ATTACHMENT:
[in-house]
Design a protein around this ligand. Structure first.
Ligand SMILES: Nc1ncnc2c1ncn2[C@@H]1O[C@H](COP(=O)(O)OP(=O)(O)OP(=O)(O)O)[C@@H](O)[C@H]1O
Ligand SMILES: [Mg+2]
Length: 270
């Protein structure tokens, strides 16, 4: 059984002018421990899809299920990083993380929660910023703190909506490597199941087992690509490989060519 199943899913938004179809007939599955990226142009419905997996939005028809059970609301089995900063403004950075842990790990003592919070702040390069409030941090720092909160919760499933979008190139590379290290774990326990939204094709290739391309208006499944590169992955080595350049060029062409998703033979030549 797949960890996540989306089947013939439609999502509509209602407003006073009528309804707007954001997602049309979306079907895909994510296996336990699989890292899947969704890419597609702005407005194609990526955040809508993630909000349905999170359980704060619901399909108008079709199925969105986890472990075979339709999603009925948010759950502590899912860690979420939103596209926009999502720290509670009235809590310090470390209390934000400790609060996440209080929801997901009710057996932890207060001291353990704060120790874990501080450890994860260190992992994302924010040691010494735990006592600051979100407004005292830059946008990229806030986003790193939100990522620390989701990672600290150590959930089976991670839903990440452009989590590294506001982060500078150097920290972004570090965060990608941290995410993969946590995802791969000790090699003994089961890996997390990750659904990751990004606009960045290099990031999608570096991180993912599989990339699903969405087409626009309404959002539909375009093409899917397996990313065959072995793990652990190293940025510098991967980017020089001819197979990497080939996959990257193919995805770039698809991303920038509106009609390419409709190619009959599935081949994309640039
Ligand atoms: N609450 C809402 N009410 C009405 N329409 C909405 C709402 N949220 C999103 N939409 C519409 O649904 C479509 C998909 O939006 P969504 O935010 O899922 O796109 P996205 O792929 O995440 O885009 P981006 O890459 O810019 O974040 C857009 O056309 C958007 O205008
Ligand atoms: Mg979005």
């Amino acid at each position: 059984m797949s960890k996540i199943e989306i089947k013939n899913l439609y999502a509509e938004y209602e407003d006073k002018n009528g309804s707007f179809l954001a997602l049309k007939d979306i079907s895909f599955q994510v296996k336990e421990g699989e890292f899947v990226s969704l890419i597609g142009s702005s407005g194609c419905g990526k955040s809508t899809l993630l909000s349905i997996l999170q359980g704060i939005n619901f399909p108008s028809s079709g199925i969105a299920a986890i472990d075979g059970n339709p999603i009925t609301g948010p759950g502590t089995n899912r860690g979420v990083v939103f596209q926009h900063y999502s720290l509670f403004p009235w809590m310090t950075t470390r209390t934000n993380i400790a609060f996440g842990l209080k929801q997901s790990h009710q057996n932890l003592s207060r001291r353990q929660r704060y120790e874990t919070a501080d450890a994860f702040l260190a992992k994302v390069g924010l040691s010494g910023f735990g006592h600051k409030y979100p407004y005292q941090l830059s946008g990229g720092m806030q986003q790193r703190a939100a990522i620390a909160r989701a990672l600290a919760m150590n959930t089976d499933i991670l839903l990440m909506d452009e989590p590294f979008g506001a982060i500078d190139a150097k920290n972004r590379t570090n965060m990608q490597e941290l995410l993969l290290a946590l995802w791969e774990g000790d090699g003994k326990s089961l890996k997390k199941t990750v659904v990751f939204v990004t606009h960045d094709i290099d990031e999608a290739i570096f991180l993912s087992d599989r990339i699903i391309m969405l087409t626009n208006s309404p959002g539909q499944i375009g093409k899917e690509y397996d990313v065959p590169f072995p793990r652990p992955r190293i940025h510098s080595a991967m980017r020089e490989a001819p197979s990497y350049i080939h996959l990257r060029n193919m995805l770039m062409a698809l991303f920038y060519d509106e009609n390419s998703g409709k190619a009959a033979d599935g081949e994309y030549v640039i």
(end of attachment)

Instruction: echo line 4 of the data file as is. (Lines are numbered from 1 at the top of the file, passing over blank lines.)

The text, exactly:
Ligand SMILES: [Mg+2]